Do you feel like you’re always saying no to your kids? Think about it for a minute. Does it feel like you’re telling them to stop doing something, to knock it off, no, they can’t have this, no, they can’t have that, or pretty much cutting them off their desires and what they really want to be doing in the world? Have you ever noticed it doesn’t really feel good? You just feel like the bad guy all the time? Well, I want to talk to you about that and share with you a technique that I use that helps me say yes to my son more often. It provides a lot more stability, and happiness, and joy in our little family.I adore my son. He’s three, almost four years old now. He has got the most joyous, beautiful, little heart. If you haven’t found me on Facebook, I recommend that you do. Go ahead and look me up. Check out my little family and where we live. I’ve noticed that there are times when I go through this period, if I’m not careful, where it’s a constant, “No. Stop jumping on the couch. Pick that up. Don’t put that glass there. Move this over here. Don’t take your clothes off.” All kinds of different things that are coming up for him at three. They’re not really coming from me being present and conscious with him. In fact, they’re a gut reaction to me being in my head, being in the hurried moment of life, and not really taking each situation as it arises and gauging it as to what’s appropriate for him in that moment. I started using my internal guidance system more on learning how to relax and decipher what are my priorities with my son, and what he should and shouldn’t be doing. The last thing that I want to do is make him grow up too early, treat him like an adult where he has to act like one, and lose his genuine exuberance for the world around him, and excitement. I noticed that my husband and I, if we’re not careful, that’s what we end up doing.
Now, if you don’t know what your internal guidance system is, check it out at zeninamoment.com. There’s a video on the home page that I walk you through feeling it for yourself. I don’t like to do it in every podcast, because it takes up a little bit of time. It’ll take you about three or four minutes. For those of you who do know that expansion feeling, I call it opening. That’s in relationship to what you’re thinking. Then there’s a contraction feeling. This happens between your throat and your upper solar plexus area. The contraction feeling can feel like a lump in your throat, or a tightening in your chest, or a lump in your stomach. It’s stress, anxiety, worry, fear, frustration, irritation.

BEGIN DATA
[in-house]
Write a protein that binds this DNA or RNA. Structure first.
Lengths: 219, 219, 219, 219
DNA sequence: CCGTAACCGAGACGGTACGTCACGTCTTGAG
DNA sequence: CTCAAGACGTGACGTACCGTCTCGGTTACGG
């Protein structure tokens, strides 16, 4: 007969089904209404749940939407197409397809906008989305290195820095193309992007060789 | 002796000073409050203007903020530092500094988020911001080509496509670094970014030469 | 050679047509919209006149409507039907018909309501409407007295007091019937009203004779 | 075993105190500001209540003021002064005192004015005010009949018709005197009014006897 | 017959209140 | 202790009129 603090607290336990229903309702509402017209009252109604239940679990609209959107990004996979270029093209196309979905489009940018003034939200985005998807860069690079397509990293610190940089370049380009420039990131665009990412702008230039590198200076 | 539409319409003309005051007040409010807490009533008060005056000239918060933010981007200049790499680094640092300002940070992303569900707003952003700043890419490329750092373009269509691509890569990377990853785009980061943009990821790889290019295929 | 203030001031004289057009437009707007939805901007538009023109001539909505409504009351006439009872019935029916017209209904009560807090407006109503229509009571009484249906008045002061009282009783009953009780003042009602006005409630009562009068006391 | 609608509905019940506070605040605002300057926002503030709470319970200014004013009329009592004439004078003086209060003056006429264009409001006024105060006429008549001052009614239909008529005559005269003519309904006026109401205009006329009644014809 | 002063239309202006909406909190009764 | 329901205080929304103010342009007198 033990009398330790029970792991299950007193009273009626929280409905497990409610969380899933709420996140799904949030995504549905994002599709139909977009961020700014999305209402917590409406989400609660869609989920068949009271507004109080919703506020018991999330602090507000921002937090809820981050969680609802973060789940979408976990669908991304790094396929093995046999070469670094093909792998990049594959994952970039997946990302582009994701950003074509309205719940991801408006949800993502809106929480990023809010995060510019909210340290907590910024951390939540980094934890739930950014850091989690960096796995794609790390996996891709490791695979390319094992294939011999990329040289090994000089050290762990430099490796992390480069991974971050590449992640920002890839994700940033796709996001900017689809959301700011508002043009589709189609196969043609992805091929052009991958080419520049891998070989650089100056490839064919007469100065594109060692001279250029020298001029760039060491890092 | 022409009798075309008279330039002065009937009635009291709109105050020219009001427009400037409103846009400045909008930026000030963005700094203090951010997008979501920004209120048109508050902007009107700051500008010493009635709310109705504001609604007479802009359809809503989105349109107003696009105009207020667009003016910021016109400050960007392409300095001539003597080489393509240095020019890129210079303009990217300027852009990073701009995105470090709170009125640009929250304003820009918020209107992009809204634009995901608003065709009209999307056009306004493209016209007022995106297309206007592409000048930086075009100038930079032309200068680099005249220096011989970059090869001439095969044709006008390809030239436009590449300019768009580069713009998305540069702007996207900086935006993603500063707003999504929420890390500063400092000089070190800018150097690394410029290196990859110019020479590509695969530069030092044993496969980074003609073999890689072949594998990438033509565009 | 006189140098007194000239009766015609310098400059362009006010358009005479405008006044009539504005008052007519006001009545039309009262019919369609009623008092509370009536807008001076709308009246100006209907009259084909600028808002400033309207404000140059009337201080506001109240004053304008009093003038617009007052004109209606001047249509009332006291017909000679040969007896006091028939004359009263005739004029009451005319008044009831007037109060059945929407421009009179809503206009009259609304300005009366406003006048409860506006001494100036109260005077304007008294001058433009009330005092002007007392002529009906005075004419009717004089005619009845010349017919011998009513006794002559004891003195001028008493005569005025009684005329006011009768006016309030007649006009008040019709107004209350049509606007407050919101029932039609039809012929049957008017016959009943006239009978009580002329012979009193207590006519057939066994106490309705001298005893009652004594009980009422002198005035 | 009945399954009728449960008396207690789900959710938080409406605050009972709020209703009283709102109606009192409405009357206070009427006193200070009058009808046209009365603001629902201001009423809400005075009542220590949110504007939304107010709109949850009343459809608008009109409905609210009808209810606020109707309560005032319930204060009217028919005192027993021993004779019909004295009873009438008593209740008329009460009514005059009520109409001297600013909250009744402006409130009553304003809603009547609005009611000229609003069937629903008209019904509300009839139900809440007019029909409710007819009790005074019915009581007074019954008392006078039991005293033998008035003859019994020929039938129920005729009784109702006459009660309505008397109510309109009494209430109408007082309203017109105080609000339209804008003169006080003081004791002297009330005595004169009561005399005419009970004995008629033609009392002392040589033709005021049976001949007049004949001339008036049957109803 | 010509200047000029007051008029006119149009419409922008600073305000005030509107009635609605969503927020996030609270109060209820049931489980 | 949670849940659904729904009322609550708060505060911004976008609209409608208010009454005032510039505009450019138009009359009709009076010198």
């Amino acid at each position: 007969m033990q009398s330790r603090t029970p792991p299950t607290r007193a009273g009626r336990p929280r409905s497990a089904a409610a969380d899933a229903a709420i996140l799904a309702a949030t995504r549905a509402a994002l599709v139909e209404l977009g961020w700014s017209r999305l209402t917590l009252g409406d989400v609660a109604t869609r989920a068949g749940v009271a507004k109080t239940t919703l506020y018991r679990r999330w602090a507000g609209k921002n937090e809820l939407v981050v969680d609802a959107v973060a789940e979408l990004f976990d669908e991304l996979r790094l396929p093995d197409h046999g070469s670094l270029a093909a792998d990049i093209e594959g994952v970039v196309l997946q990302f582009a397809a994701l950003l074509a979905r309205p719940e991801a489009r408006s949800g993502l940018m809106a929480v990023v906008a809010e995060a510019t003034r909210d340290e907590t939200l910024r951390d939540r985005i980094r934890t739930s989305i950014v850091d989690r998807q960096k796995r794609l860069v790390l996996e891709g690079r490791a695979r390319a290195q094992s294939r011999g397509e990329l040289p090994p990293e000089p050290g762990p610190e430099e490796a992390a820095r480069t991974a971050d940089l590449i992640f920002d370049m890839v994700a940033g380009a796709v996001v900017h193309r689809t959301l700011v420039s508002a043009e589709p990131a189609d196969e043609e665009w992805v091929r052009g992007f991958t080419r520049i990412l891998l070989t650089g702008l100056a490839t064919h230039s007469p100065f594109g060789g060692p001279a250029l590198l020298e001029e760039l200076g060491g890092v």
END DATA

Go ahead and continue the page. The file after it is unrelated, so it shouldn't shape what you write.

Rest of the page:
A lot of the times when I’m saying no or asking him to not do something, I’m closed. It was a big aha moment. The irritation, the way that I was thinking about my son, what he was doing and his behavior, was closing. That means the way I was thinking about him jumping on the couch. There’s good jumping on the couch, and there’s bad jumping on the couch. There’s one that breaks it, and there’s another one that’s just him being a bouncy little boy who likes to move, and wiggle, and squirm around. I have to gauge where are the appropriate boundaries. Same thing with my little one running around the house naked. He doesn’t have to have his clothes on. I realized I was closed when I kept saying, “Keep your clothes on.” He was having a hard time keeping his clothes on. He loved to take his clothes off and race around the house. It made a lot of sense to me that I’ve learned to not do that, but he hasn’t, and he was really enjoying himself. When I checked in with my internal guidance system, “Does this matter? Is this something that I need to be stopping?” I closed. When I said, “It’s healthy and good for him to run around without any clothes on in our home, in a safe environment,” I opened. What happened was I found that in learning how to stop and check in, I’ve been teaching him how to do that naturally. What I’ll do is I’ll start to say no to something, and I’ll say, “Hold on a second. Let me think about it.” I’ll look at him, and I’ll check in internally. I’ll go, “No, I think that’s okay. You can keep doing that.”